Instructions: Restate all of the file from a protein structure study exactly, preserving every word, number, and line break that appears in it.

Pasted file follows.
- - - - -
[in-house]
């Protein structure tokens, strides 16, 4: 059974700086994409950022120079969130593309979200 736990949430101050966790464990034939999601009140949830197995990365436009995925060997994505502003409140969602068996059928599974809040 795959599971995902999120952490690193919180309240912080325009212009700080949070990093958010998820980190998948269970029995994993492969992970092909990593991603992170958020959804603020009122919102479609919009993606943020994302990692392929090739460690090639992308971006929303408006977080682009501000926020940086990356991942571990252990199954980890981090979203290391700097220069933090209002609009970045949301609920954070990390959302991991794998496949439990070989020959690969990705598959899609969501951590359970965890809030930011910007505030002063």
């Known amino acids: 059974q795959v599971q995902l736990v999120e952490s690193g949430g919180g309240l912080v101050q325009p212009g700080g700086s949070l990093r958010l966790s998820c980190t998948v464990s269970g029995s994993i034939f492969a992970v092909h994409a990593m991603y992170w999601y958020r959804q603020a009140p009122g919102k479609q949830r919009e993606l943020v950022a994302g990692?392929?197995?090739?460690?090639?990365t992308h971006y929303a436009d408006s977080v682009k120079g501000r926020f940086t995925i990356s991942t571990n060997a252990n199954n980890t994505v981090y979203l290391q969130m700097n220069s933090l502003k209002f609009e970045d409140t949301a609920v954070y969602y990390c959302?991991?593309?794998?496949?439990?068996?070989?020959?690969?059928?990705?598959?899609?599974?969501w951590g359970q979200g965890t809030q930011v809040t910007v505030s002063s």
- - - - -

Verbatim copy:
[in-house]
């Protein structure tokens, strides 16, 4: 059974700086994409950022120079969130593309979200 736990949430101050966790464990034939999601009140949830197995990365436009995925060997994505502003409140969602068996059928599974809040 795959599971995902999120952490690193919180309240912080325009212009700080949070990093958010998820980190998948269970029995994993492969992970092909990593991603992170958020959804603020009122919102479609919009993606943020994302990692392929090739460690090639992308971006929303408006977080682009501000926020940086990356991942571990252990199954980890981090979203290391700097220069933090209002609009970045949301609920954070990390959302991991794998496949439990070989020959690969990705598959899609969501951590359970965890809030930011910007505030002063």
């Known amino acids: 059974q795959v599971q995902l736990v999120e952490s690193g949430g919180g309240l912080v101050q325009p212009g700080g700086s949070l990093r958010l966790s998820c980190t998948v464990s269970g029995s994993i034939f492969a992970v092909h994409a990593m991603y992170w999601y958020r959804q603020a009140p009122g919102k479609q949830r919009e993606l943020v950022a994302g990692?392929?197995?090739?460690?090639?990365t992308h971006y929303a436009d408006s977080v682009k120079g501000r926020f940086t995925i990356s991942t571990n060997a252990n199954n980890t994505v981090y979203l290391q969130m700097n220069s933090l502003k209002f609009e970045d409140t949301a609920v954070y969602y990390c959302?991991?593309?794998?496949?439990?068996?070989?020959?690969?059928?990705?598959?899609?599974?969501w951590g359970q979200g965890t809030q930011v809040t910007v505030s002063s």